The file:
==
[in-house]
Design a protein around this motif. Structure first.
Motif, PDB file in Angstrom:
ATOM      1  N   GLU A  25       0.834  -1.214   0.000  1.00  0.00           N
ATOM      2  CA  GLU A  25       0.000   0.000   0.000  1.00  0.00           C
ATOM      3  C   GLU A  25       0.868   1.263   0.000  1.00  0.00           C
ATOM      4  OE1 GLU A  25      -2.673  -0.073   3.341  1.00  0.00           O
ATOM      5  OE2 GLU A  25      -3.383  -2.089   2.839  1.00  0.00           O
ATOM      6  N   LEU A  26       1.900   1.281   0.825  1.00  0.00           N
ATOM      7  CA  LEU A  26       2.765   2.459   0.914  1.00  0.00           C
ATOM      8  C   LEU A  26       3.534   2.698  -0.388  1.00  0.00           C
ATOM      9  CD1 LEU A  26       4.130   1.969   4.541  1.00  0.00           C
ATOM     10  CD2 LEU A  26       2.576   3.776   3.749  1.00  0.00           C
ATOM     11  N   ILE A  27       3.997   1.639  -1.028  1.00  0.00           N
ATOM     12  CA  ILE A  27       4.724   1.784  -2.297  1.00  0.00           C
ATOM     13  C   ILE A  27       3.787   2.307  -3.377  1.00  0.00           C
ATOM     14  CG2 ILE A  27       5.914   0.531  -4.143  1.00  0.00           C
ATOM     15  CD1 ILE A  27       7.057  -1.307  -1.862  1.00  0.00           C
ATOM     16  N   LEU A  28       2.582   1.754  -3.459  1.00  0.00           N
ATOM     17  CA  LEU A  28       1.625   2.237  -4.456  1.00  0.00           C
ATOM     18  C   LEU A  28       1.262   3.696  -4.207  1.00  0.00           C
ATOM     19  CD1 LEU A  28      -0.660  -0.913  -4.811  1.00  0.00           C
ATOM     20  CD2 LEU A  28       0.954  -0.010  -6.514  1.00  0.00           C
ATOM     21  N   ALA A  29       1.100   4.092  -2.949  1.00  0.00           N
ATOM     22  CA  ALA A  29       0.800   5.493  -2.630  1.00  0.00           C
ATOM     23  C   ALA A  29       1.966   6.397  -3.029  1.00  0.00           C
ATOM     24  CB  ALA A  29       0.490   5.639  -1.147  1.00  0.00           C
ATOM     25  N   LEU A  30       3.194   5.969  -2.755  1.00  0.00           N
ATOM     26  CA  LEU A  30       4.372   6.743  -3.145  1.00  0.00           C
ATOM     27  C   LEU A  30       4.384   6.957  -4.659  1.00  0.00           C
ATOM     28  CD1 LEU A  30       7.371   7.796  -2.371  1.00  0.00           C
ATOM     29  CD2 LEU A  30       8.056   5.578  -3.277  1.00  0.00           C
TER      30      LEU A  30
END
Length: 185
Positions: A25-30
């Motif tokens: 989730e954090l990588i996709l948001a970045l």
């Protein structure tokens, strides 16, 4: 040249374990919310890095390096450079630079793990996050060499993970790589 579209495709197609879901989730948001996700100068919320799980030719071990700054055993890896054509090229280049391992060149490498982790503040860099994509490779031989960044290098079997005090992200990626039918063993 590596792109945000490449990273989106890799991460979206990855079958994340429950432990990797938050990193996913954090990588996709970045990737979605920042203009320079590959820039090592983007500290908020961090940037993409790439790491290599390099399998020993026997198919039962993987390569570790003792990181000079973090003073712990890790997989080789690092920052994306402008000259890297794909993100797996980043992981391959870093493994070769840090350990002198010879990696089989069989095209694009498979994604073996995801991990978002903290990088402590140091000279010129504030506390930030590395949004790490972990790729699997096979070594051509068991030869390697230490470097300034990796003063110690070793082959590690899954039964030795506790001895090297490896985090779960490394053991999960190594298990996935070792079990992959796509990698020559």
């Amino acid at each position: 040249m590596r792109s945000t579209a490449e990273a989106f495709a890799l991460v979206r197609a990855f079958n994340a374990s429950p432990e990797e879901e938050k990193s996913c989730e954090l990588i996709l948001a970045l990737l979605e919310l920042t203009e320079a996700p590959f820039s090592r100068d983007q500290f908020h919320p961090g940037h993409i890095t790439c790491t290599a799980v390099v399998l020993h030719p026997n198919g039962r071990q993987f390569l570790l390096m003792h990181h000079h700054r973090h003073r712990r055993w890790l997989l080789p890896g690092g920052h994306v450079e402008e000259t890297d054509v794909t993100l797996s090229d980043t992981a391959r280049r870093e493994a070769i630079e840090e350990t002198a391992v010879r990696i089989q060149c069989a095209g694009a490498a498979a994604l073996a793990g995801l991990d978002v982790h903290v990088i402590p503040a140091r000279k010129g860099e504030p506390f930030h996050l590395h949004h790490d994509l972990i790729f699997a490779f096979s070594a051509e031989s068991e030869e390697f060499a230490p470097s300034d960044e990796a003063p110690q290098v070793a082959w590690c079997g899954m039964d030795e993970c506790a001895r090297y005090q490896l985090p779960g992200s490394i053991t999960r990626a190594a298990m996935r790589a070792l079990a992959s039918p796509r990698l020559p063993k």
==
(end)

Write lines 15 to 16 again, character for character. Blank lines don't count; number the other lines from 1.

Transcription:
ATOM     12  CA  ILE A  27       4.724   1.784  -2.297  1.00  0.00           C
ATOM     13  C   ILE A  27       3.787   2.307  -3.377  1.00  0.00           C